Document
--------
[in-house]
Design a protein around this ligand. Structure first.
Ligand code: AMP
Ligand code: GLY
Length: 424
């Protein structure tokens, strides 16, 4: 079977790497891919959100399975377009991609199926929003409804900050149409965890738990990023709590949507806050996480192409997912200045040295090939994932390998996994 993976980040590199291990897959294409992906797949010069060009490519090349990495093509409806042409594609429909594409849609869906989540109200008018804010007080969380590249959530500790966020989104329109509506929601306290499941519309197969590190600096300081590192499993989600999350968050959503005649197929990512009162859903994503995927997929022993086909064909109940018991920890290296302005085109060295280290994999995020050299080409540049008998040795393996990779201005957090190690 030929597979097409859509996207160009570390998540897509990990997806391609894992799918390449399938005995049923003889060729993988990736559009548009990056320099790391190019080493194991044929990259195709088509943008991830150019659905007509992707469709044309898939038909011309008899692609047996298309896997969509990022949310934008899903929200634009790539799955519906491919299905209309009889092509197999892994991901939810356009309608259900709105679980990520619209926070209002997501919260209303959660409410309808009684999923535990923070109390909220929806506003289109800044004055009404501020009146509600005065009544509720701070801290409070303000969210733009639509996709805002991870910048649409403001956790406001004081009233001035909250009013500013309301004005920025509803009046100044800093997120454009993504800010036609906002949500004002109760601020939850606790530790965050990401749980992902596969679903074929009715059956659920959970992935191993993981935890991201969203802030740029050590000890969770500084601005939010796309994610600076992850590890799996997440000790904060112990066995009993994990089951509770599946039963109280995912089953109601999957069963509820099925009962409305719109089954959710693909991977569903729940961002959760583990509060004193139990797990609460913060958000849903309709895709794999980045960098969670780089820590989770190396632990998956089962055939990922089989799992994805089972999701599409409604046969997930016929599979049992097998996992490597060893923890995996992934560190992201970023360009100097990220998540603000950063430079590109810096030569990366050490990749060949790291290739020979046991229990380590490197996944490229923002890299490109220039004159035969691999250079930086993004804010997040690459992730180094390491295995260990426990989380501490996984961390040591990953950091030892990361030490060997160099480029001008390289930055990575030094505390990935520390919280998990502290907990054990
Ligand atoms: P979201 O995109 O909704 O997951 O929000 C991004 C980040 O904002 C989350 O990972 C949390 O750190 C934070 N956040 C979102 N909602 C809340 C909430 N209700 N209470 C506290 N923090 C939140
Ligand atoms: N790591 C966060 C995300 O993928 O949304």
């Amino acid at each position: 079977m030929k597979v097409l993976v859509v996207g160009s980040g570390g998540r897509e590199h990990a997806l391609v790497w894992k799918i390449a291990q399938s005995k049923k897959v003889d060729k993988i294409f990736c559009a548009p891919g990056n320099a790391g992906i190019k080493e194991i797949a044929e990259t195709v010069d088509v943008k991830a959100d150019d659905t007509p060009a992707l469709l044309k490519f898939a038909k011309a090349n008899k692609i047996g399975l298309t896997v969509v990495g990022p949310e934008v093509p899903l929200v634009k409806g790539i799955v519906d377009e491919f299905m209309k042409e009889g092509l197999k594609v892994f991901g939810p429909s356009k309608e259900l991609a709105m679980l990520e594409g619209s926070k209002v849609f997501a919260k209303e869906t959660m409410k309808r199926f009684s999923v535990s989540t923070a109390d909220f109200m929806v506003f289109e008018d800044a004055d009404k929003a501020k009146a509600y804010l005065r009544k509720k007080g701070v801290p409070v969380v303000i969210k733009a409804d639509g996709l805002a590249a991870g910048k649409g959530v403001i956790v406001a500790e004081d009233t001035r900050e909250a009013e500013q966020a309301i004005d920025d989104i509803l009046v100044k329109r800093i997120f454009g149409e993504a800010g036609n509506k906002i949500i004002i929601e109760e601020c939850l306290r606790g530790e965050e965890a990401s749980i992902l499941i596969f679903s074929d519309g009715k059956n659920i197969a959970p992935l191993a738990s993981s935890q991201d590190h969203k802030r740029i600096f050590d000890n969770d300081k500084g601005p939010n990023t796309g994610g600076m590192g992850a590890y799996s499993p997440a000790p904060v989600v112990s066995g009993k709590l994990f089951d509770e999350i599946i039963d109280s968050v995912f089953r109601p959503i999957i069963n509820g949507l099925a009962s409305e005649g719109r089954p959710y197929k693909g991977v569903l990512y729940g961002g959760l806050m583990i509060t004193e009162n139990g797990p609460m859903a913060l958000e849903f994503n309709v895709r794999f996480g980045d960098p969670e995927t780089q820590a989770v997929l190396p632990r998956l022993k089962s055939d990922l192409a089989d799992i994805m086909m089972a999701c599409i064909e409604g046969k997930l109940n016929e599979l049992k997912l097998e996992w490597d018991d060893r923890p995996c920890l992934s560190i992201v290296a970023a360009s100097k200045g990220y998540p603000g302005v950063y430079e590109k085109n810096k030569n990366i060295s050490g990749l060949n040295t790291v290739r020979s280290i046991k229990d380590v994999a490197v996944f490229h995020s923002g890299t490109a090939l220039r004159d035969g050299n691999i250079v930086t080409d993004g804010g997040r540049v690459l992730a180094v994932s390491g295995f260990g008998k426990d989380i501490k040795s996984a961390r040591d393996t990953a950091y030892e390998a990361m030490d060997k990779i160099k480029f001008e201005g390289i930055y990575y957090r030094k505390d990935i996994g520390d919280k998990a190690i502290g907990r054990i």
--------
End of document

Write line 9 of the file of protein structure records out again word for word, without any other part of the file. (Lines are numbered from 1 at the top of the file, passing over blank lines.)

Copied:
């Amino acid at each position: 079977m030929k597979v097409l993976v859509v996207g160009s980040g570390g998540r897509e590199h990990a997806l391609v790497w894992k799918i390449a291990q399938s005995k049923k897959v003889d060729k993988i294409f990736c559009a548009p891919g990056n320099a790391g992906i190019k080493e194991i797949a044929e990259t195709v010069d088509v943008k991830a959100d150019d659905t007509p060009a992707l469709l044309k490519f898939a038909k011309a090349n008899k692609i047996g399975l298309t896997v969509v990495g990022p949310e934008v093509p899903l929200v634009k409806g790539i799955v519906d377009e491919f299905m209309k042409e009889g092509l197999k594609v892994f991901g939810p429909s356009k309608e259900l991609a709105m679980l990520e594409g619209s926070k209002v849609f997501a919260k209303e869906t959660m409410k309808r199926f009684s999923v535990s989540t923070a109390d909220f109200m929806v506003f289109e008018d800044a004055d009404k929003a501020k009146a509600y804010l005065r009544k509720k007080g701070v801290p409070v969380v303000i969210k733009a409804d639509g996709l805002a590249a991870g910048k649409g959530v403001i956790v406001a500790e004081d009233t001035r900050e909250a009013e500013q966020a309301i004005d920025d989104i509803l009046v100044k329109r800093i997120f454009g149409e993504a800010g036609n509506k906002i949500i004002i929601e109760e601020c939850l306290r606790g530790e965050e965890a990401s749980i992902l499941i596969f679903s074929d519309g009715k059956n659920i197969a959970p992935l191993a738990s993981s935890q991201d590190h969203k802030r740029i600096f050590d000890n969770d300081k500084g601005p939010n990023t796309g994610g600076m590192g992850a590890y799996s499993p997440a000790p904060v989600v112990s066995g009993k709590l994990f089951d509770e999350i599946i039963d109280s968050v995912f089953r109601p959503i999957i069963n509820g949507l099925a009962s409305e005649g719109r089954p959710y197929k693909g991977v569903l990512y729940g961002g959760l806050m583990i509060t004193e009162n139990g797990p609460m859903a913060l958000e849903f994503n309709v895709r794999f996480g980045d960098p969670e995927t780089q820590a989770v997929l190396p632990r998956l022993k089962s055939d990922l192409a089989d799992i994805m086909m089972a999701c599409i064909e409604g046969k997930l109940n016929e599979l049992k997912l097998e996992w490597d018991d060893r923890p995996c920890l992934s560190i992201v290296a970023a360009s100097k200045g990220y998540p603000g302005v950063y430079e590109k085109n810096k030569n990366i060295s050490g990749l060949n040295t790291v290739r020979s280290i046991k229990d380590v994999a490197v996944f490229h995020s923002g890299t490109a090939l220039r004159d035969g050299n691999i250079v930086t080409d993004g804010g997040r540049v690459l992730a180094v994932s390491g295995f260990g008998k426990d989380i501490k040795s996984a961390r040591d393996t990953a950091y030892e390998a990361m030490d060997k990779i160099k480029f001008e201005g390289i930055y990575y957090r030094k505390d990935i996994g520390d919280k998990a190690i502290g907990r054990i």